|If given treatment in time, 80 per cent of those infected with cholera can be cured [EPA]
Cholera is an acute intestinal infection that heavily affects populations in developing countries.
Every year, the disease kills an estimated 100,000-120,000 people and 3–5 million others are infected, according to the World Health organisation.
The disease, which can kill within hours if left untreated, is caused by ingestion of food or water contaminated with the bacterium vibrio cholera.
It is waterborne and spreads quickly in areas where sanitation is poor and access to clean drinking water is lacking.
Victims suffer a copious, painless, watery diarrhoea that leads to severe dehydration. Vomiting also occurs in most patients.
Easy to cure
The disease is easy to cure. Up to 80 per cent of cases can be successfully treated with oral rehydration salts.
"Individuals can boil water, take a litre of it and mix it with a teaspoon of salt and eight teaspoons of sugar and thereby create oral rehydration therapy," Doctor Rishi Manchanda, a specialist in public health, told Al Jazeera.
Very severely dehydrated patients also require administration of intravenous fluids and antibiotics.
The source of the contamination is typically other cholera patients when their faeces gets into waterways, groundwater or drinking water supplies.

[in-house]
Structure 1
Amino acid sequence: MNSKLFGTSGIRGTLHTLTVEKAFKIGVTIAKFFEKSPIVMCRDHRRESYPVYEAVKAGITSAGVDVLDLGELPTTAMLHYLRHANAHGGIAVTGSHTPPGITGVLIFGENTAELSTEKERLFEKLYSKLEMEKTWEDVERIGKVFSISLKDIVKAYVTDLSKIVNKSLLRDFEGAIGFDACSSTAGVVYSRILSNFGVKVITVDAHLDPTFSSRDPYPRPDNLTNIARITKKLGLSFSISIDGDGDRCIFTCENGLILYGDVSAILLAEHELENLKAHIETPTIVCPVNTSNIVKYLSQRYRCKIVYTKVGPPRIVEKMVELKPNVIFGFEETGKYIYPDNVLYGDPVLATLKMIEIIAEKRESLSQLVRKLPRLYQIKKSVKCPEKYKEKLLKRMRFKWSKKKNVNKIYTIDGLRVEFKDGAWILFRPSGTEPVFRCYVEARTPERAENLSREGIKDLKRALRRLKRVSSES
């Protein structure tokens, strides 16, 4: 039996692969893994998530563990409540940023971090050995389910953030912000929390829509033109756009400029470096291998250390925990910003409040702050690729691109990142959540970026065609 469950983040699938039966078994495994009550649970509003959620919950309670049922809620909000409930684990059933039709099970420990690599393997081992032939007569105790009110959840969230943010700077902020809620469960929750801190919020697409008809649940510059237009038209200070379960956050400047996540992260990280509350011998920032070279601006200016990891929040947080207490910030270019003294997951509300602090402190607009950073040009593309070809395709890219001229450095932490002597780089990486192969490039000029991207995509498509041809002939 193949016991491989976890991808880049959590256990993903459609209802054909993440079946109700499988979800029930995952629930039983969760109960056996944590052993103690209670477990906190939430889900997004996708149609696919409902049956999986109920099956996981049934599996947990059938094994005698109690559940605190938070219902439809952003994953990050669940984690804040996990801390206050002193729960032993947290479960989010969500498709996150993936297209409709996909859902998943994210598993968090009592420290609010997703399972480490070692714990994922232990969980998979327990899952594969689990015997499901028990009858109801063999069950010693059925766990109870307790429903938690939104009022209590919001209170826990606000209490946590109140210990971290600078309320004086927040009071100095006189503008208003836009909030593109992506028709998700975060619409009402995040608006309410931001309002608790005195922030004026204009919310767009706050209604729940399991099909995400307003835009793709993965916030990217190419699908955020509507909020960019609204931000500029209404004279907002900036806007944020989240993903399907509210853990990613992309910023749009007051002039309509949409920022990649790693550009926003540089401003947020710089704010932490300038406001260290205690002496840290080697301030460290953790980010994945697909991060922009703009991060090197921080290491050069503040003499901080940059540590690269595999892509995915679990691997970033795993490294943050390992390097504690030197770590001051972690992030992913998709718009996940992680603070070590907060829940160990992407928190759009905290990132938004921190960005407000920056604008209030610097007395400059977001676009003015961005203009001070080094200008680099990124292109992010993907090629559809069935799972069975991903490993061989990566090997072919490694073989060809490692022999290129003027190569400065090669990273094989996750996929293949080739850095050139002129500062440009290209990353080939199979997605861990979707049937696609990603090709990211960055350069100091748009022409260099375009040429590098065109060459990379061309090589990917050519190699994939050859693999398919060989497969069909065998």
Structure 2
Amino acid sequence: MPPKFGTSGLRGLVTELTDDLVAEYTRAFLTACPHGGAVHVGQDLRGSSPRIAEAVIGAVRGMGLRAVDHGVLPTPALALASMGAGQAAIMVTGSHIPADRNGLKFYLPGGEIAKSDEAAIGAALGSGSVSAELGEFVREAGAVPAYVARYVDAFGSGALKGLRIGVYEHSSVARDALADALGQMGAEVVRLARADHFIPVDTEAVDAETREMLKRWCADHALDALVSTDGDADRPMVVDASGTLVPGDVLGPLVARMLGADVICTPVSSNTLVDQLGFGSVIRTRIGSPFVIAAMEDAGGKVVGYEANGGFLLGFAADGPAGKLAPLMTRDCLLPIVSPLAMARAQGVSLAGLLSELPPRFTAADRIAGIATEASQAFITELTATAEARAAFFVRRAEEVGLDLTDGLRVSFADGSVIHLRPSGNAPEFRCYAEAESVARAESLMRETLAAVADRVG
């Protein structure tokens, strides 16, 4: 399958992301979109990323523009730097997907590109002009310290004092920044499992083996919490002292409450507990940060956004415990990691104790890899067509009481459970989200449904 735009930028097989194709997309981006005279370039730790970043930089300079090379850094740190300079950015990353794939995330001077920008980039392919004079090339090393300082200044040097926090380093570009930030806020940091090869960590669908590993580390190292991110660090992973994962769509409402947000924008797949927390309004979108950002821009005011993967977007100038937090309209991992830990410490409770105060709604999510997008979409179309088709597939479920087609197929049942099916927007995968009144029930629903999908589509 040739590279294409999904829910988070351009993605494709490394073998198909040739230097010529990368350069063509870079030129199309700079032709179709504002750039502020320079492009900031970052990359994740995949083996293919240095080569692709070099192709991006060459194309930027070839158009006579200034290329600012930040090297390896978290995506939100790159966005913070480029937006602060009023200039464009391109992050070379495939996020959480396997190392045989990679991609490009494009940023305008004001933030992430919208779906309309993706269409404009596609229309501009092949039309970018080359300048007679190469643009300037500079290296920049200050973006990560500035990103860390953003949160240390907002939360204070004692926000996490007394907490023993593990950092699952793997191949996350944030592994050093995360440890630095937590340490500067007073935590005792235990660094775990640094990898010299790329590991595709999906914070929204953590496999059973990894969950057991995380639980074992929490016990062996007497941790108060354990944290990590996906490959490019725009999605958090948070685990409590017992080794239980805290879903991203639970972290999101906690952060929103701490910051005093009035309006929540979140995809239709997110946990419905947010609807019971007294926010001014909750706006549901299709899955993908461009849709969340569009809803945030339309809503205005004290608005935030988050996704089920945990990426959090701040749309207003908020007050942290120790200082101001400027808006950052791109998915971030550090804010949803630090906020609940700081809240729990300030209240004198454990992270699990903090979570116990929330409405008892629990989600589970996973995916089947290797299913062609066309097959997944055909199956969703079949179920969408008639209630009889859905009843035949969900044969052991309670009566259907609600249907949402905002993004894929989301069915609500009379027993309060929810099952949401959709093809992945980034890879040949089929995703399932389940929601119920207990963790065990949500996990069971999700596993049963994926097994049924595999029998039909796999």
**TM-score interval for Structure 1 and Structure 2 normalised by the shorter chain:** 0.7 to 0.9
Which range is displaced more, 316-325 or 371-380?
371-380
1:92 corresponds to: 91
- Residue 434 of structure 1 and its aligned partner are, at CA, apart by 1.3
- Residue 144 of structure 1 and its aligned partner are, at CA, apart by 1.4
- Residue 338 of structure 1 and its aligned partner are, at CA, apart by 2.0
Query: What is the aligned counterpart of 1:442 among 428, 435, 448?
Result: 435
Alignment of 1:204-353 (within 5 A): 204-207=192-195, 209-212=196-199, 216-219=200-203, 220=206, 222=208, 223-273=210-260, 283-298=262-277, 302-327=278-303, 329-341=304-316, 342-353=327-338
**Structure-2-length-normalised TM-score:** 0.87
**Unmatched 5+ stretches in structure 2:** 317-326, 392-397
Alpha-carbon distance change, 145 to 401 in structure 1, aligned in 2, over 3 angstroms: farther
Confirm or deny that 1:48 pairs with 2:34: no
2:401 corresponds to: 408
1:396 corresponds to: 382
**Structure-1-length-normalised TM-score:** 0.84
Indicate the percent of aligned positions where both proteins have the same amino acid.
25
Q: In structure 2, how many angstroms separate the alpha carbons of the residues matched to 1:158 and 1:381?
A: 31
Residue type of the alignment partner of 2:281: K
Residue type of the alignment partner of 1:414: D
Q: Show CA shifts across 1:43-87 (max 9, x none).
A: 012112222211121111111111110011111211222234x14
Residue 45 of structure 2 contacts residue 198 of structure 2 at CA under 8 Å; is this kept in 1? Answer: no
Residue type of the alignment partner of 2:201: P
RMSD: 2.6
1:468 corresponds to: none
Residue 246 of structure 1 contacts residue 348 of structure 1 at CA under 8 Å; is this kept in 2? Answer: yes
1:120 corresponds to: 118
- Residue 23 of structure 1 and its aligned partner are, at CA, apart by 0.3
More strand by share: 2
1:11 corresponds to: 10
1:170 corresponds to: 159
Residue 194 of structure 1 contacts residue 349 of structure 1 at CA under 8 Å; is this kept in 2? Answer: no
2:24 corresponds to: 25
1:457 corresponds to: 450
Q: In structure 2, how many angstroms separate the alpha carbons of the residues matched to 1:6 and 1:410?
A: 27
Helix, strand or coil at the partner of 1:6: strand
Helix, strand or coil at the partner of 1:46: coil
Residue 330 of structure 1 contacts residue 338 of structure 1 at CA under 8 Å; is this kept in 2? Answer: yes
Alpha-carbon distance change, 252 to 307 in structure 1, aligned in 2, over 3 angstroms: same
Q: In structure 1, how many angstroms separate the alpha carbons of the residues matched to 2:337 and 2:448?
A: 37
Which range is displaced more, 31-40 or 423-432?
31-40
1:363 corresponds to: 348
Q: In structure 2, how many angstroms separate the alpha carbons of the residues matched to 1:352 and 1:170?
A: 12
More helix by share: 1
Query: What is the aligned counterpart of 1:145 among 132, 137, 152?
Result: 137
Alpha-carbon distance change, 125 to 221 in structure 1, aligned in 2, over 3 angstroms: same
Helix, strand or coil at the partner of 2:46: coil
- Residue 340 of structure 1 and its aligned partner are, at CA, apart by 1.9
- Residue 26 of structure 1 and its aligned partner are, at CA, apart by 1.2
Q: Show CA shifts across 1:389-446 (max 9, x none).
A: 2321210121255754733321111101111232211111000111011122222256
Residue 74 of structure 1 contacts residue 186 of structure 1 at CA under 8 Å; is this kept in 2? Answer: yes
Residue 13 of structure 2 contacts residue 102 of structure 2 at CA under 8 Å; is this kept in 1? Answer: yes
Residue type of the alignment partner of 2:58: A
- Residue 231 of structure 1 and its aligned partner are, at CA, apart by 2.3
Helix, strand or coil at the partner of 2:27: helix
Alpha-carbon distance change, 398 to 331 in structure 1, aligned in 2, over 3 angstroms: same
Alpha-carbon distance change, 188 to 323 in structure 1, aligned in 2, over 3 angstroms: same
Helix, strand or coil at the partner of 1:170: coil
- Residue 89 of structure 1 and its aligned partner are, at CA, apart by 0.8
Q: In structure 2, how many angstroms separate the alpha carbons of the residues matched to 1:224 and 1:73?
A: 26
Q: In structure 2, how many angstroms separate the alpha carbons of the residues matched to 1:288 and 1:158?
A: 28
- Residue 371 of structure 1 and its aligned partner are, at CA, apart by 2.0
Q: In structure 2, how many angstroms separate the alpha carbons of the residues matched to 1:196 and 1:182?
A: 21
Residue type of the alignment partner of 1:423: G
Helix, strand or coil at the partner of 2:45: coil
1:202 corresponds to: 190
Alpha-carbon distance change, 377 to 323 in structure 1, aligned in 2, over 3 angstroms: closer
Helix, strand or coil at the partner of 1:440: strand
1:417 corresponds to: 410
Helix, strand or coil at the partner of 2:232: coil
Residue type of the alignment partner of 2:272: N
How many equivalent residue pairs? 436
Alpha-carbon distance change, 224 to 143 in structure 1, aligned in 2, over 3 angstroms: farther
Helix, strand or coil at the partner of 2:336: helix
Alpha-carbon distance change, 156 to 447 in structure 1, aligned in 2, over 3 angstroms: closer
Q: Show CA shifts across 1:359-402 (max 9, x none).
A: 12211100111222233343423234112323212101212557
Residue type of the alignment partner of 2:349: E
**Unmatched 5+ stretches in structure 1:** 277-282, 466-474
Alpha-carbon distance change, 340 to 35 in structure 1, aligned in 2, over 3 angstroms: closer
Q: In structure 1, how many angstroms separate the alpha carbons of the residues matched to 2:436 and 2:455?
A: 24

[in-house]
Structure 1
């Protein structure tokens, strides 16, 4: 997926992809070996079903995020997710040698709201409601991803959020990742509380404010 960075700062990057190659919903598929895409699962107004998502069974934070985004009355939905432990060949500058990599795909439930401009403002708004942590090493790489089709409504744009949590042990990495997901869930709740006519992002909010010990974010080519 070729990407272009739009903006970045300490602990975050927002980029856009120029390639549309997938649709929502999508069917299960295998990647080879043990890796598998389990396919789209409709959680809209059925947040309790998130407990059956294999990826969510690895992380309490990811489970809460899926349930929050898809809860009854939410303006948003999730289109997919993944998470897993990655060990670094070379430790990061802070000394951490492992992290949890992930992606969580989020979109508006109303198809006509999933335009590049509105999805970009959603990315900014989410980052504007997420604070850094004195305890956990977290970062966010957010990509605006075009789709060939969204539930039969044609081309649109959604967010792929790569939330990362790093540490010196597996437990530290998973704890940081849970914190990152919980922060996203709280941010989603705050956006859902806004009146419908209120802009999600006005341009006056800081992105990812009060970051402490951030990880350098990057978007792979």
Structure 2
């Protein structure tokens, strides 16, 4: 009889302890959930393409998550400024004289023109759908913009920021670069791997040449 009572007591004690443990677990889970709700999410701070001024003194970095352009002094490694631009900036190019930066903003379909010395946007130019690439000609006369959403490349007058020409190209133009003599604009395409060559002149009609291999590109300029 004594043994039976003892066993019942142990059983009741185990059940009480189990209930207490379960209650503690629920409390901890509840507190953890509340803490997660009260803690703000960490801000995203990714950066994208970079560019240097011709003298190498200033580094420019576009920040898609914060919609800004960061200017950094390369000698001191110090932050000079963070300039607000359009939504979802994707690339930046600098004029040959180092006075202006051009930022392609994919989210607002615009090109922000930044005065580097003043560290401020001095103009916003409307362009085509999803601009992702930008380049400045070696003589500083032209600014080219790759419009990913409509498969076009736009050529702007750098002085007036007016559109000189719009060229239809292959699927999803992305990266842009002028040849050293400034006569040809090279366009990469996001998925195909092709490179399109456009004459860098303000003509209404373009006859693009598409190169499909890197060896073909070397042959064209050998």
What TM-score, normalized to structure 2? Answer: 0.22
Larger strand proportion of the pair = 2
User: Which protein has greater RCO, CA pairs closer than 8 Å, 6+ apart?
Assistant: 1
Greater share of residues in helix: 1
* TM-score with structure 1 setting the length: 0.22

Any infected water and any foods washed in the water can cause an infection. Cholera is rarely spread directly from person to person.
Crowded camps for internally displaced people or refugees are especially at risk of cholera outbreaks if minimum requirements of clean water and sanitation are not met.
For example, in the aftermath of the Rwanda crisis in 1994, 23,800 people died in cholera within one month in the refugee camps in Goma in the Democratic Republic of Congo.
Cholera likely has its origins on the Indian subcontinent. During the 19th century, the disease spread across the world. Six subsequent pandemics killed millions of people across all continents.
This summer, cholera broke out in Central Africa, where heavy rains as well as poor hygiene conditions contributed to the spread. As of October 3, 40,000 cases and nearly 1,900 deaths had been reported in Cameroon, Chad, Niger and Nigeria.
In Zimbabwe, more than 4,000 died in cholera between August 2008 and April 2009.
There are oral cholera vaccines available on the market, including Dukoral which is WHO prequalified and licensed in over 60 countries.